musket ball-cartridges, 40,000 Colt's pistol cartridges, 2,000 Sharp's carbine cartridges, and 520,000 percussion caps, also 86 barrels of musket and 30 barrels of rifle powder. All the arms and munitions of war seized here have been scattered over the State in every direction, without any menthol or accountability, and it is impossible to tell what has become of them. Very few arms suitable for cavalry service were found in the arsenal, and the regiment of mounted men you have authorized me to take from the State will be very destitute of arms suitable for the service. I would therefore respectfully call your attention to the necessity of at once forwarding to Fort Smith a sufficient supply of rifles or carbines, pistols and sabers, to equip a regiment of cavalry. Of course the necessary ammunition would be required at the same time.
As the river is now in fine navigable order, I would suggest the propriety of at once sending to Fort Smith a sufficient supply of rations for six months for the use of my brigade, deducting the amount I may be able to get here, and of which I will inform you by telegraph as soon as the Convention determines to turn it over to me. The navigation of the river is so uncertain, that an opportunity of sending supplies may not again occur for months. Flour can be purchased in the country and supplied by my own quartermaster. I would also call your attention to the fact that I have neither officers of the quartermaster's nor commissary department, and as it is absolutely necessary for a successful campaign here to secure officers familiar with these duties, I would respectfully urge you the necessity of sending them at once. The officer of the subsistence department you determine to send should go directly to New Orleans, purchase supplies for my command, and bring them with him.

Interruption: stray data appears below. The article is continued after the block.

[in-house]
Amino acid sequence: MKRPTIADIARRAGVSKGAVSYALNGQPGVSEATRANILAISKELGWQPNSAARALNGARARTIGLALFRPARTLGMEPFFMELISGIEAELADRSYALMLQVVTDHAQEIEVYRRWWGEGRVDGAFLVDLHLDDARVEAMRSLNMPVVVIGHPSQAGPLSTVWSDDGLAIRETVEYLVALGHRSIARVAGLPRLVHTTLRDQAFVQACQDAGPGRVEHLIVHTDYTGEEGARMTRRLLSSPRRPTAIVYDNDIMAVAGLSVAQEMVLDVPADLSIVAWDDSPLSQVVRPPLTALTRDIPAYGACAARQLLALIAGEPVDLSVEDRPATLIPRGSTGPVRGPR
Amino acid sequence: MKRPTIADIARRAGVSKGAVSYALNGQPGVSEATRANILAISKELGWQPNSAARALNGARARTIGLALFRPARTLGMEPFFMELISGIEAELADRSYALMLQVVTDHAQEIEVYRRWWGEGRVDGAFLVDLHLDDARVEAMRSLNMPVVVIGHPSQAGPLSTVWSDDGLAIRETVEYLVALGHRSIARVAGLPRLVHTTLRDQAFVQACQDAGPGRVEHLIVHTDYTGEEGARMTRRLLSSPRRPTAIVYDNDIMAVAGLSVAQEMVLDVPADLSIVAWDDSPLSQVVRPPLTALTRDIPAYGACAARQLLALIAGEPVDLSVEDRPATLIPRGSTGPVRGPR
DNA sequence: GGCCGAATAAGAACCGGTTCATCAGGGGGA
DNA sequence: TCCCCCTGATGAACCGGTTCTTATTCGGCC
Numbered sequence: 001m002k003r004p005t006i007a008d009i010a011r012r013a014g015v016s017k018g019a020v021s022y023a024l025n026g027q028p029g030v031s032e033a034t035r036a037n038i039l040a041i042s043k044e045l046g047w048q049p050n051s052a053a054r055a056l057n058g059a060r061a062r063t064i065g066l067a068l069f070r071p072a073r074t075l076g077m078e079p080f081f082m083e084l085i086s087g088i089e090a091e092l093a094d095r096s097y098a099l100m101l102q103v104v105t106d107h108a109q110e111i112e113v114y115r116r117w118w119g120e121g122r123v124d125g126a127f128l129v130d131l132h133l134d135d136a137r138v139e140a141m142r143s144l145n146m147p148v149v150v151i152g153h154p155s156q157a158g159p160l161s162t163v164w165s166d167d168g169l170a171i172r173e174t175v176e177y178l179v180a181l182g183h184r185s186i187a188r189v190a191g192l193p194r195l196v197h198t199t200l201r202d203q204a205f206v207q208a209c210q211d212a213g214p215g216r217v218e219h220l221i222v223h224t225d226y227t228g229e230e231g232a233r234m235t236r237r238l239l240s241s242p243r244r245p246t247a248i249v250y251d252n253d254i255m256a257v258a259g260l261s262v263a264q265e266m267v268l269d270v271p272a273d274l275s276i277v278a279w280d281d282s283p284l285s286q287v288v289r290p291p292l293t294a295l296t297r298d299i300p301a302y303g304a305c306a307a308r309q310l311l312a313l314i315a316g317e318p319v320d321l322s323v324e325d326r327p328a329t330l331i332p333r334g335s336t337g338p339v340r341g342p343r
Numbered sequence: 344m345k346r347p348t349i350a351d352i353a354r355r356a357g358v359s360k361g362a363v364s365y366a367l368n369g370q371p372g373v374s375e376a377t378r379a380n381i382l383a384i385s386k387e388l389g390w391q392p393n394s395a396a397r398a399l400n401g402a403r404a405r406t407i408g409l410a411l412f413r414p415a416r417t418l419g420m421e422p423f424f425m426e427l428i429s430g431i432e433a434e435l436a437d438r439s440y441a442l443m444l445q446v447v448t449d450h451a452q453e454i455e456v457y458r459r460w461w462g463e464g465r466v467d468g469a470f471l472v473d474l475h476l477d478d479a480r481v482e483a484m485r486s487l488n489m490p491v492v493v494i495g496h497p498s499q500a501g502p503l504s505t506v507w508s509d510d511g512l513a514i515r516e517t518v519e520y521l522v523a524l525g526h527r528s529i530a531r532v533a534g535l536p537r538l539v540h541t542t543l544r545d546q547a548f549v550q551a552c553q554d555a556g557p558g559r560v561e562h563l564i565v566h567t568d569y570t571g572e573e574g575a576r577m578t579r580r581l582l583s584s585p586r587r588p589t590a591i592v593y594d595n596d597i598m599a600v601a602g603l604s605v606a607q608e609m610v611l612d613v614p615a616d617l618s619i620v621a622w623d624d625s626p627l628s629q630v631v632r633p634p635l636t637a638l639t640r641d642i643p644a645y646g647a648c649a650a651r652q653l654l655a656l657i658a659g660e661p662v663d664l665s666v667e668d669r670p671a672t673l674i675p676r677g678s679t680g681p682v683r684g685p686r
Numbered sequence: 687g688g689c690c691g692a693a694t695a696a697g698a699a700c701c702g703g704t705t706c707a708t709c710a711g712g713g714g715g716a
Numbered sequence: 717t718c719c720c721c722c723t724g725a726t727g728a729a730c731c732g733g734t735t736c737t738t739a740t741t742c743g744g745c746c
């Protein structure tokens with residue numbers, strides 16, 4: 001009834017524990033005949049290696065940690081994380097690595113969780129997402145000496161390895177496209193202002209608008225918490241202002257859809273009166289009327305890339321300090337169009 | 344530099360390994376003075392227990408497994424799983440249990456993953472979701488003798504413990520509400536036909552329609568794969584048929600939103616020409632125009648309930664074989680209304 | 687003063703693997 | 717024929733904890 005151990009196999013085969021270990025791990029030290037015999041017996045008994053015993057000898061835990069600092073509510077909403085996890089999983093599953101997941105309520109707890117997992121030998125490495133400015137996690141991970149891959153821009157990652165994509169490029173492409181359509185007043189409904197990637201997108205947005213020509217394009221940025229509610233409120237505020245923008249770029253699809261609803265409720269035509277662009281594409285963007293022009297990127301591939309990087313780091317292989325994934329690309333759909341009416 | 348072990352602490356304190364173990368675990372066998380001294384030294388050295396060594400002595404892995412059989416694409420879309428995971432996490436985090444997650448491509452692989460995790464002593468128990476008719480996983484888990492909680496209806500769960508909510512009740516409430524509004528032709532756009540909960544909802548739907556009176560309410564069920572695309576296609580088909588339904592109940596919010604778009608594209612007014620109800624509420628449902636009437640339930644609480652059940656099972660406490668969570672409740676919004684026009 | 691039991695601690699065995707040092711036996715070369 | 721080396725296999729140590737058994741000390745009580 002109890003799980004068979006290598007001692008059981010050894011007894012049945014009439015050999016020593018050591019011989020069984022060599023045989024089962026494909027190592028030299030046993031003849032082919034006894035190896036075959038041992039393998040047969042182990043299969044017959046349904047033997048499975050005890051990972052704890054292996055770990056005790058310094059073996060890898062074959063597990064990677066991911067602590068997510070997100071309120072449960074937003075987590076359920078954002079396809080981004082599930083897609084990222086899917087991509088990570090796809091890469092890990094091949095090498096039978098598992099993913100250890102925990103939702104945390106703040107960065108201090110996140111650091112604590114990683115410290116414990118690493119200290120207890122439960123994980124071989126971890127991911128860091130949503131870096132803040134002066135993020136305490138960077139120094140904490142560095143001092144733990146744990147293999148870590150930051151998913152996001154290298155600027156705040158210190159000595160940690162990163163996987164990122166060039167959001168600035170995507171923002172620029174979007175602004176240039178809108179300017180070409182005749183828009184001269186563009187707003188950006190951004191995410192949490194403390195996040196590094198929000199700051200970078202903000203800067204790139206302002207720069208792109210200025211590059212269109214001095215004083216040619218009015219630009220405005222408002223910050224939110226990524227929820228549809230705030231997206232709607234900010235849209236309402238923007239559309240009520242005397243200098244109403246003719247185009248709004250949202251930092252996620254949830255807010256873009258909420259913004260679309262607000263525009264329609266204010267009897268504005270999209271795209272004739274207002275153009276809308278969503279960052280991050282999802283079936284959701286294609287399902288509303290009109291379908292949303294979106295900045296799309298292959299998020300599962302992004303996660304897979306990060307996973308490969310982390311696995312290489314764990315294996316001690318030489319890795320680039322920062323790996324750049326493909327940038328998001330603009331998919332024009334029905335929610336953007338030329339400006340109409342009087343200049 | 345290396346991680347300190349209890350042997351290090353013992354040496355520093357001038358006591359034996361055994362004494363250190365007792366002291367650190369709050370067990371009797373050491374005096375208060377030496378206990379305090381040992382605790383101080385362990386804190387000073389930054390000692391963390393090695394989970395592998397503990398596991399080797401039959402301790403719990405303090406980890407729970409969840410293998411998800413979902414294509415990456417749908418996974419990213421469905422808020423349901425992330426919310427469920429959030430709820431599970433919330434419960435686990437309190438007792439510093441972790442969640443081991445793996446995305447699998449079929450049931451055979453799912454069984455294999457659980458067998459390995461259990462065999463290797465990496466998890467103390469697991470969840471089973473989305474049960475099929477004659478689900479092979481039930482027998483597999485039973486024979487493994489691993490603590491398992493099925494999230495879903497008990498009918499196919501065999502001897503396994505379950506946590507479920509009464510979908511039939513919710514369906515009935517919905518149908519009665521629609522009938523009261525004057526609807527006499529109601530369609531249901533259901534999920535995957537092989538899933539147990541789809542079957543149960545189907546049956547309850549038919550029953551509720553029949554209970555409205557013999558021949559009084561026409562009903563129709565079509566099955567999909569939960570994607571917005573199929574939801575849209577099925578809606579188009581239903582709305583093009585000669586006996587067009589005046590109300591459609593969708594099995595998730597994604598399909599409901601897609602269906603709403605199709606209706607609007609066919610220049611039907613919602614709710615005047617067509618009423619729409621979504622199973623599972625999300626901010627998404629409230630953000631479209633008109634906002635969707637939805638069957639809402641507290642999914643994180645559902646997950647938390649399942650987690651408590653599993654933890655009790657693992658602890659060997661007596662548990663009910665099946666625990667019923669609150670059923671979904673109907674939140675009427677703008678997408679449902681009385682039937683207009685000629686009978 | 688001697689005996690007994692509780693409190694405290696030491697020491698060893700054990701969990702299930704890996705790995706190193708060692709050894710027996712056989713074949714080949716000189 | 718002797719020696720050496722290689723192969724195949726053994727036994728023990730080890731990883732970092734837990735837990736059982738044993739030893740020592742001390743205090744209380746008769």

I have the honor to be, sir, your obedient servant,
LITTLE ROCK, ARK., May 20, 1861.
Honorable ROBERT TOMMBS:
SIR: I shall go by steamboat to Fort Smith on the day after to-morrow, and thence immediately to the Cherokee country, where there is more danger of division and disaffection than anywhere else.
It is much to be regretted that arms to the number of 2,000 rifles are not here now on their way to our frontier. Permit me respectfully, but very urgently, to say that it is of vital importance they, or half the number at least, should be forwarded instantly, and the residue as soon as possible. They ought to be on the frontier now for distribution. It is also indispensable (and I use the word with the full knowledge of its meaning)-it is indispensable to have at least $25 in money for each Indian we enlist. That for 2,400 will be only $60,000, which ought to be sent out instantly. It would be better it should be $100,000.
Provisions, commissary stores of all kinds, except flour, will have to be sent on here, and medicines. There is but a limited supply of provisions here of those seized by the State, and it is very doubtful whether the State will not want all these for her own troops now on and going to the frontier. At all events, there will be none for the Indians. The river is falling and will soon be low. The we will have to haul by wagons at least 200 miles, and much of the provisions 300. You can